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I know similar questions have been posted before, but I have specific requirements that make this as far as I can find unanswered.

The project wants to have a typical 3-tier architecture, but they want the data layer to be abstracted by Entity Framework, the presentation layer to be MVC 2 and the application layer to be simple class library.

Do those components (EF and MVC) fit into that architecture.

Note: the project would follow a TDD methodology.

Any help is appreciated.

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up vote 3 down vote accepted

Absolutely.

Any good demonstration/articles on ASP.NET MVC Web Applications follow this architecture.

Typically your solution would look like this:

YourProject.Model (Class Library with POCO's - domain objects)

YourProject.Repository (Class Library with Entity Framework).

YourProject.Services (Class Library acts as mediator between Repository and Controllers)

YourProject.MVC (MVC2 Web Application)

YourProject.Tests (Unit Test Project - typically 1 project per tier)

To answer your questions, the Repository abstracts the data from the other modules, the presentation layer is MVC2, and the application layer could be built into the Services module, or have another module altogether.

Of course MVC fits beautifully with TDD, you can mock your controllers and test the class library just like you would test any class library.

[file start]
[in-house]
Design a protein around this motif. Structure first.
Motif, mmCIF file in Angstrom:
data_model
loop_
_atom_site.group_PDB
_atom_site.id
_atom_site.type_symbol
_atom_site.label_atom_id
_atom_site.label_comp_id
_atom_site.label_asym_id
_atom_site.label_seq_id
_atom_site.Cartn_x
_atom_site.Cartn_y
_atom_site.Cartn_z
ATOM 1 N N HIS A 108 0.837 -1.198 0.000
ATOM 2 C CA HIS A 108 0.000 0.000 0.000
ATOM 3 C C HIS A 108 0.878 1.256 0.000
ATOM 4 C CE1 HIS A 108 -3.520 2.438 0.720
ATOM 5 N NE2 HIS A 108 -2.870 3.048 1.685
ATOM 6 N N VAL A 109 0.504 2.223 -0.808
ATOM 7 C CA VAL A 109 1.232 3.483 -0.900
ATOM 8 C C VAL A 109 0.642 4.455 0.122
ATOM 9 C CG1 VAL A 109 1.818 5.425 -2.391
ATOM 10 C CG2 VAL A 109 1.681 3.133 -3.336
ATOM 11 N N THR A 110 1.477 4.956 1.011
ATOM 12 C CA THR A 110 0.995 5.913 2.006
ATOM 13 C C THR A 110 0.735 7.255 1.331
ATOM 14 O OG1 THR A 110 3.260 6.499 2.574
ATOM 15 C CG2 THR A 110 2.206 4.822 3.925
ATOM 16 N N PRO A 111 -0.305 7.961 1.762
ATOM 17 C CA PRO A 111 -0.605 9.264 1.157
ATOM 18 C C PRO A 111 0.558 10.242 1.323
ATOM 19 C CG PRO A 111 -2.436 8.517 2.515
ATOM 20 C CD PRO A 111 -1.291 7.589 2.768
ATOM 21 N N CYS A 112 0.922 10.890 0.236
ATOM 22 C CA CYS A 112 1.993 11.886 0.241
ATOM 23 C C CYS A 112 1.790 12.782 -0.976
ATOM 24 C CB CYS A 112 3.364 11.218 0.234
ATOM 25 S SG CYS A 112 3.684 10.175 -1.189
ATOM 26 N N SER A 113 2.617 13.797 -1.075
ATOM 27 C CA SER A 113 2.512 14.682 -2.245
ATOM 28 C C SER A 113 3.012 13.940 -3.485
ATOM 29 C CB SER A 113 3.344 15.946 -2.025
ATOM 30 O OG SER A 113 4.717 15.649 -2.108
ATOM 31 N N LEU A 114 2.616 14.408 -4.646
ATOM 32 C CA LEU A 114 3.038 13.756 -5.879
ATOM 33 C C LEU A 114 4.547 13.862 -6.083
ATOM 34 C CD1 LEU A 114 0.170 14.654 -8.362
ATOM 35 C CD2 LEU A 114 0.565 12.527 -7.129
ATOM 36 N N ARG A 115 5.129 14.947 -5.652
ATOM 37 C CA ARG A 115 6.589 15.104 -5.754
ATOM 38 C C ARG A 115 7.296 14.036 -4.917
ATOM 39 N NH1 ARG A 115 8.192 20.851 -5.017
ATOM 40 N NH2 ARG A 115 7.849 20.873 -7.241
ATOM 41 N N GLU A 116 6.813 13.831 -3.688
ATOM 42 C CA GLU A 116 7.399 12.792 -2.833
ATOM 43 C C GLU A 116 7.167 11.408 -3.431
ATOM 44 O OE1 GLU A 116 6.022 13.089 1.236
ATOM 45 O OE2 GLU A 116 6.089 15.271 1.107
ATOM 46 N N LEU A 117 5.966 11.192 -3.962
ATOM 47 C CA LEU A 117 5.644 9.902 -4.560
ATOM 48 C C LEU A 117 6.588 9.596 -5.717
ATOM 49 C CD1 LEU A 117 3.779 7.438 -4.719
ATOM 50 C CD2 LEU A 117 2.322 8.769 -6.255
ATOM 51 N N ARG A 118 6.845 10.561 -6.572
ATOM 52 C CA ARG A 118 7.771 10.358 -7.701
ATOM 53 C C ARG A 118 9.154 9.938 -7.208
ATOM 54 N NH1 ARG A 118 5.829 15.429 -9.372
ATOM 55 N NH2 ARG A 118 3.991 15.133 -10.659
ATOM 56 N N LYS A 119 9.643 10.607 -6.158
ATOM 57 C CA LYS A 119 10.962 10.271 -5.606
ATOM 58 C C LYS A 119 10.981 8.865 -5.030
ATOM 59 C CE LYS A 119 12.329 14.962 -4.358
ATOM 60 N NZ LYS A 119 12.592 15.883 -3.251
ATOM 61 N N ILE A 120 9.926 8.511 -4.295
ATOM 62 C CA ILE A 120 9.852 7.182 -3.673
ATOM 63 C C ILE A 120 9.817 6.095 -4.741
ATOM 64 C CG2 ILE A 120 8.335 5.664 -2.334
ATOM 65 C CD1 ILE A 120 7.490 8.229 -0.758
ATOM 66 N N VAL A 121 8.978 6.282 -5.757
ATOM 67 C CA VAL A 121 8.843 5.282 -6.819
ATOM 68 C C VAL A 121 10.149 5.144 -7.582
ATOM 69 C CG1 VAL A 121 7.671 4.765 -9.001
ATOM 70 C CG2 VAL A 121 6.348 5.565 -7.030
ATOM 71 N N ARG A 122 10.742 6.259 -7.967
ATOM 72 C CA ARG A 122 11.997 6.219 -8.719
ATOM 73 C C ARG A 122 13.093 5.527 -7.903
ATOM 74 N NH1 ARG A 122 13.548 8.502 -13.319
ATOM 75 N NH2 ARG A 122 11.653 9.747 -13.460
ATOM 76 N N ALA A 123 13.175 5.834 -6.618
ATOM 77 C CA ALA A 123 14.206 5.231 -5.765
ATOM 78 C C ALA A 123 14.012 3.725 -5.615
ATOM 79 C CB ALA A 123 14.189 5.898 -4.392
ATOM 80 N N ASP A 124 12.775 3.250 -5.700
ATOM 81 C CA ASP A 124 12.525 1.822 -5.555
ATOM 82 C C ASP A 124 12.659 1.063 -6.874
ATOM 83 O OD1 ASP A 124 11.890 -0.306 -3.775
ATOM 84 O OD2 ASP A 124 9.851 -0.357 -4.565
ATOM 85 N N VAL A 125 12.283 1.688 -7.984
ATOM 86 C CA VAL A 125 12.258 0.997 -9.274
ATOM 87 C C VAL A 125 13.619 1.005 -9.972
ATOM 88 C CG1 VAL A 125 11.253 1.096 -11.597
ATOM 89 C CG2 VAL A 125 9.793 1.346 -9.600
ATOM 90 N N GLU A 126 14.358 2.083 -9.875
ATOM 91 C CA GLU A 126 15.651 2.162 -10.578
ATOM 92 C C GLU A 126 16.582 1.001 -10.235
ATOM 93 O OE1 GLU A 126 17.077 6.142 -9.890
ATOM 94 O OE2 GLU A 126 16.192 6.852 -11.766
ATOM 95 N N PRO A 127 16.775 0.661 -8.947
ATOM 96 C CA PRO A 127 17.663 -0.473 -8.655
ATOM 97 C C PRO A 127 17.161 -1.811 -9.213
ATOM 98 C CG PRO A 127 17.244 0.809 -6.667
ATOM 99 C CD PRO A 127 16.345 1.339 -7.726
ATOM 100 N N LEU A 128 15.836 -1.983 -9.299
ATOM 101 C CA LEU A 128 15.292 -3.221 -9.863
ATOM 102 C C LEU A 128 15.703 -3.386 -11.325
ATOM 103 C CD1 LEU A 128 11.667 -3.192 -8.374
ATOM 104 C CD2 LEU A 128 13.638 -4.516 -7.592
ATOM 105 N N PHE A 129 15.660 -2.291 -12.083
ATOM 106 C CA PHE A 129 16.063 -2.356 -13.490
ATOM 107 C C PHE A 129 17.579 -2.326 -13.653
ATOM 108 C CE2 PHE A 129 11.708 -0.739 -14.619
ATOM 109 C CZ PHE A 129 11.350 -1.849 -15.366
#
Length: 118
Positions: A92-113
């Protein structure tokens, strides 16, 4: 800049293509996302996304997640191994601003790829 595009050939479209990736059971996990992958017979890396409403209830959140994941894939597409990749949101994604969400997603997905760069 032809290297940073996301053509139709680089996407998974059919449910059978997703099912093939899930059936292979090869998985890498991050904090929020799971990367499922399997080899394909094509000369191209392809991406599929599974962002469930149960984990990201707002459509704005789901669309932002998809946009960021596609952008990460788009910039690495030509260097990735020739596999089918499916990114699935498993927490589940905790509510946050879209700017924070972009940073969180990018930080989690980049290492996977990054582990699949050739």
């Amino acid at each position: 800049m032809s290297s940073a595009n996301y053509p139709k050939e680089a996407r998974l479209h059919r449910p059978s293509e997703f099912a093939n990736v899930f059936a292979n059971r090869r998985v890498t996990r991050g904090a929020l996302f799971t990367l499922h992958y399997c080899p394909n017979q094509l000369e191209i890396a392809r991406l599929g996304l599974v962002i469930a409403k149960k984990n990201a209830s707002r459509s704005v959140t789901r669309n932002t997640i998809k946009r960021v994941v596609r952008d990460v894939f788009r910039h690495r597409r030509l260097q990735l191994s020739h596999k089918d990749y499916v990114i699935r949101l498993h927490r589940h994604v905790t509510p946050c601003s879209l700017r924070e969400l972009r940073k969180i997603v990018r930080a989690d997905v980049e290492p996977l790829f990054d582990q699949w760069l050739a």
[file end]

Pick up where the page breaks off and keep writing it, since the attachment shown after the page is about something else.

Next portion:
Check out Rob Conery's MVC Storefront series on www.asp.net - best video series ive ever seen.

Good luck!

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So my models would be in YourProject.Model, so the Models folder in the MVC app could be empty/removed and I do ll my ModelBinding to the POCO's? Finally the DataAnnotation attributes would be on my POCO's as well? – user295368 Aug 12 '10 at 23:51
2  
I like to keep the Models folder in the MVC add just for ViewModels (combined domain objects to simplify views). You can use DataAnnotations on your POCO's, the only issue is that you have to reference the System.Web.Mvc assembly - some people dont like this, but i personally dont see an issue with it. Just because youre adding a reference to an assembly that is typically used on the web tier, doesnt necessarily mean you're going against any architectural principal. – RPM1984 Aug 13 '10 at 0:08

You should look at ContactManager sample with eight section tutorial on the ASP.NET MVC website, it's implemented with a repository class so data layer is abstracted.

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